Microwave endometrial ablation after endometrial curettage for the management of heavy menstrual bleeding

M. Nikolaou, G. Androutsopoulos, G. Michail, V. Papadopoulos, G. Adonakis, G. Decavalas
2015 Clinical and experimental obstetrics & gynecology  
Heavy menstrual bleeding is a significant healthcare issue in premenopausal women and the main reason for referral to gynecologist [1, 2] . It is a common cause of iron deficiency anemia and may reduce their quality of life [2] . For most patients with heavy menstrual bleeding, medical management should be the initial approach [3] . Medical treatment options include: intravenous (conjugated equine estrogens), oral (progestins, combined oral contraceptives, non-steroidal anti-inflammatory drugs,
more » ... anti-fibrinolytic drugs) or intrauterine medication (levonorgestrel releasing devices) [2] [3] [4] [5] [6] [7] [8] . However the effectiveness, side effect profile, and acceptability to women show considerable variation [2] [3] [4] [5] [6] [7] [8] [9] [10] . The choice of surgical treatment option depends on clinical stability, suspected etiology, underlying medical problems, contraindications or lack of response to medical treatment, and desire for future fertility [3] . Surgical treatment options include: dilation and curettage, endometrial ablation, uterine artery embolization, and hysterectomy [3, 8] . Recent years, microwave endometrial ablation gained popularity. It is a minimally invasive surgical technique for patients with heavy menstrual bleeding [11] . It uses lowpower, high-frequency microwave energy to destroy the basal layer of the endometrium and the glands by heating them to 70-80°C [11] . The aim of this study was to evaluate the efficacy of microwave endometrial ablation after endometrial curettage, in selected patients with heavy menstrual bleeding. Materials and Methods Between January 2005 and December 2007, 32 premenopausal women with heavy menstrual bleeding underwent microwave endometrial ablation at the Department of Obstetrics and Gynecology of the University of Patras Medical School. All patients did not respond to previous medical treatment, had completed their childbearing, and they did not desire future fertility. Preoperatively the authors evaluated myometrial thickness, uterine cavity length, and configuration with vaginal ultrasound, in order to avoid thermal injury of adjacent organs. In this study, the authors chose endometrial curettage rather than hormonal pretreatment (GnRH analogs, danazol, progestogens) for endometrial preparation. Exclusion criteria from the study were: pregnancy, desire for future fertility, menopausal status, previous endometrial ablation, uterine cavity length < six cm or >14 cm, previous uterine surgery (cesarean section, myomectomy), previous uterine trauma (resulting myometrial thickness < ten mm), submucosal fibroids, intrauterine device, active genital or urinary tract infection, active pelvic inflammatory disease, atypical endometrial hyperplasia, endometrial cancer, cervical dysplasia, clotting defects or bleeding disorders. The procedure was performed under light general anesthesia and the patient placed in dorsal lithotomy position. The cervix dilated up to nine mm and the authors confirmed uterine cavity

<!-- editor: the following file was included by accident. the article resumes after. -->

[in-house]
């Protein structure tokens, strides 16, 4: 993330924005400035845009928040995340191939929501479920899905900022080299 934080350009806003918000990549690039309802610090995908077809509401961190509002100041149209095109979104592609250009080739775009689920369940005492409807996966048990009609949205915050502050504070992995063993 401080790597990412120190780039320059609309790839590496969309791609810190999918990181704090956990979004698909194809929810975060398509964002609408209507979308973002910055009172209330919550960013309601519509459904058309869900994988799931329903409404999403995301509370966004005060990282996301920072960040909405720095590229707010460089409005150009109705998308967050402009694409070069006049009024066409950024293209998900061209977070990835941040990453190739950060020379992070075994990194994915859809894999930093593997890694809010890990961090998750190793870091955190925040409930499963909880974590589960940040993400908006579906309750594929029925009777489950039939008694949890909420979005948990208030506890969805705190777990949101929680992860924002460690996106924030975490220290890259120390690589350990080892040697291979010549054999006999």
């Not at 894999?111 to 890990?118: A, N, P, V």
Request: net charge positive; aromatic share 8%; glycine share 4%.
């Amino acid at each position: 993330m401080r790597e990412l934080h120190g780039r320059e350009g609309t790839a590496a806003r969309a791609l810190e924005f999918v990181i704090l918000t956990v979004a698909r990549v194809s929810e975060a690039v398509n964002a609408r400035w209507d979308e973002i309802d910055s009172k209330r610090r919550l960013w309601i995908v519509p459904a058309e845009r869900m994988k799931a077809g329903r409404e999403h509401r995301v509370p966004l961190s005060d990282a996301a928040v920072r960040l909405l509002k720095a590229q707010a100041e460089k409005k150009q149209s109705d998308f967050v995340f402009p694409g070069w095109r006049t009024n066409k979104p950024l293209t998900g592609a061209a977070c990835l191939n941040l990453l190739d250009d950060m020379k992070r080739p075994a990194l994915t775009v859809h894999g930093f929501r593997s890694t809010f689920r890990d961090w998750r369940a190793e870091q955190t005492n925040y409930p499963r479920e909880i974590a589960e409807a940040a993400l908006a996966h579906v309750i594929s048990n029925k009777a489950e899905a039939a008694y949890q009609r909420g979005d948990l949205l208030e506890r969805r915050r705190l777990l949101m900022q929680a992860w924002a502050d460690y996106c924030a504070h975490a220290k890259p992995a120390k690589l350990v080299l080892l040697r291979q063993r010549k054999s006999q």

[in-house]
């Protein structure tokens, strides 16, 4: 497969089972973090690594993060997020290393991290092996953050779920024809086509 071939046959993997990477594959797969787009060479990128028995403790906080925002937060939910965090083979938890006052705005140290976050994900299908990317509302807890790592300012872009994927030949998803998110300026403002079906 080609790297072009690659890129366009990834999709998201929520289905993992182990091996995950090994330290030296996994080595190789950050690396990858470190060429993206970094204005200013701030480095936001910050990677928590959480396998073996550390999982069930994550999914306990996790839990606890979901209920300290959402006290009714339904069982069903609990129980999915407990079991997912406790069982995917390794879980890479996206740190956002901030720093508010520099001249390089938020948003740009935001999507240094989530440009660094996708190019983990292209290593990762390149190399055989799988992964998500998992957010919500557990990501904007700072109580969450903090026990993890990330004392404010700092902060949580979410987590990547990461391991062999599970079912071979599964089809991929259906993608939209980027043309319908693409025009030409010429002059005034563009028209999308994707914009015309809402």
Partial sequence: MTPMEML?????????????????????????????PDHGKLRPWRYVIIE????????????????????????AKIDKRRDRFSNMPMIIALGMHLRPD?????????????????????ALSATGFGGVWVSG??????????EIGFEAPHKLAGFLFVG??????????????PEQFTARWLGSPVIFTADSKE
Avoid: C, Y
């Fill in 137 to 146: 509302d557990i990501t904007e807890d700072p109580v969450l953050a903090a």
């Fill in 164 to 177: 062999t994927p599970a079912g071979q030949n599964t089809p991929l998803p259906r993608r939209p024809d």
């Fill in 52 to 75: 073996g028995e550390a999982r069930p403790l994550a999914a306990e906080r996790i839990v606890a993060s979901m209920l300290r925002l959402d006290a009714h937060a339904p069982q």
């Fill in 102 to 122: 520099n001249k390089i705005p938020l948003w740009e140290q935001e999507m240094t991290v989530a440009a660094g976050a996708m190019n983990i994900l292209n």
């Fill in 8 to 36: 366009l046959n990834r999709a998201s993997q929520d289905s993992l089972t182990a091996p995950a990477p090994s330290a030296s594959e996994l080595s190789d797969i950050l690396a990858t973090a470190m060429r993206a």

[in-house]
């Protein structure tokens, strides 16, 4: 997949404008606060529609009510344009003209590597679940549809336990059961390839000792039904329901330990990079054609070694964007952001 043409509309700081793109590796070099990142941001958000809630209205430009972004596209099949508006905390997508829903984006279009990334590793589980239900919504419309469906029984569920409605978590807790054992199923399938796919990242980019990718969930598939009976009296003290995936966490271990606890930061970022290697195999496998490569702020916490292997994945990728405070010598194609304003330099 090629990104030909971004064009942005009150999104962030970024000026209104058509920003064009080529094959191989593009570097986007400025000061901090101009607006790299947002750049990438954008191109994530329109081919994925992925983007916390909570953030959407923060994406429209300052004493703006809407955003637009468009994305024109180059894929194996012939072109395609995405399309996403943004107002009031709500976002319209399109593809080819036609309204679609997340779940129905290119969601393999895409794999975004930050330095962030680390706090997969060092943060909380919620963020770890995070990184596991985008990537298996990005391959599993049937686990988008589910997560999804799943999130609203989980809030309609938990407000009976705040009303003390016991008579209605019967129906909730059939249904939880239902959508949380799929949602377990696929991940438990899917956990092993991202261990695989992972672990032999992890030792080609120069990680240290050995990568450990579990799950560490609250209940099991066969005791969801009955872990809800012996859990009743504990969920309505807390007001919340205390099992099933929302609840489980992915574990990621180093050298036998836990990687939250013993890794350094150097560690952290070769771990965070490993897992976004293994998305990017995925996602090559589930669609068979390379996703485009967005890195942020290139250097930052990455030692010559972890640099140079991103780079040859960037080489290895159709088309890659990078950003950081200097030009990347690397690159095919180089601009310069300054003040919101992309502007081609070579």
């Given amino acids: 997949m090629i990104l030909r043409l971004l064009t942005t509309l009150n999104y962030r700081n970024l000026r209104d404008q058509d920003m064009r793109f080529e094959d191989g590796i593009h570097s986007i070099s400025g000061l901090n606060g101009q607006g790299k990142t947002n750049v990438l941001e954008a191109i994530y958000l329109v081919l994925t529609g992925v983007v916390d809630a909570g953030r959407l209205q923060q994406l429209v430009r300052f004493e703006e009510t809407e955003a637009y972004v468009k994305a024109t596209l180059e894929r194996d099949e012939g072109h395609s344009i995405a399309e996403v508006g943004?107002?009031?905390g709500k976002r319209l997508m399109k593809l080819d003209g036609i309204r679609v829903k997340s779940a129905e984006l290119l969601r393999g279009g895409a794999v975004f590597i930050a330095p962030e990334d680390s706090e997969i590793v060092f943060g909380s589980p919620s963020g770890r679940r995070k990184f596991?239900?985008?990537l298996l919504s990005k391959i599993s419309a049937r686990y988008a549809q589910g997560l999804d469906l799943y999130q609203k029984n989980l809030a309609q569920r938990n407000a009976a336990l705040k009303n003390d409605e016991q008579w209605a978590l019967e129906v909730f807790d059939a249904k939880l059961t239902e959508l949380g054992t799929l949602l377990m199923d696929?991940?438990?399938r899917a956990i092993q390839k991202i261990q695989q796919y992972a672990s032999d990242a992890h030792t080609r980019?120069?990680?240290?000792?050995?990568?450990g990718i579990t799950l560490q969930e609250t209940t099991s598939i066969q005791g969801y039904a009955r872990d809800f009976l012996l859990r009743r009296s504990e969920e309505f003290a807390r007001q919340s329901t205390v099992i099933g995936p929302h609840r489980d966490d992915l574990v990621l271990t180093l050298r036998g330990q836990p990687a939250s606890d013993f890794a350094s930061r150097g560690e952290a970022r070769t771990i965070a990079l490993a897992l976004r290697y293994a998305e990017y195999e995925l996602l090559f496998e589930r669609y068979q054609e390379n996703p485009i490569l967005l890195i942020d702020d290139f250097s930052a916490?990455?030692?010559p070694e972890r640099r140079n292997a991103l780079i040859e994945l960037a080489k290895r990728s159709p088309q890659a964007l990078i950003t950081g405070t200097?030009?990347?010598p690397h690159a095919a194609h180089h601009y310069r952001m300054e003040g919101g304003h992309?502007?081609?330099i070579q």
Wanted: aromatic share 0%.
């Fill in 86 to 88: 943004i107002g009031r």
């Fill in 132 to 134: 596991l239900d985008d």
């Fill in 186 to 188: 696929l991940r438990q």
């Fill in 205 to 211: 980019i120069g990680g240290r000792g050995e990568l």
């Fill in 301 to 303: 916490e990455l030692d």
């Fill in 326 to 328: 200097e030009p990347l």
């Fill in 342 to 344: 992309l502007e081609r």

doi:10.12891/ceog1870.2015 fatcat:bktgwhi5tfc5lgfjunip4bbmoa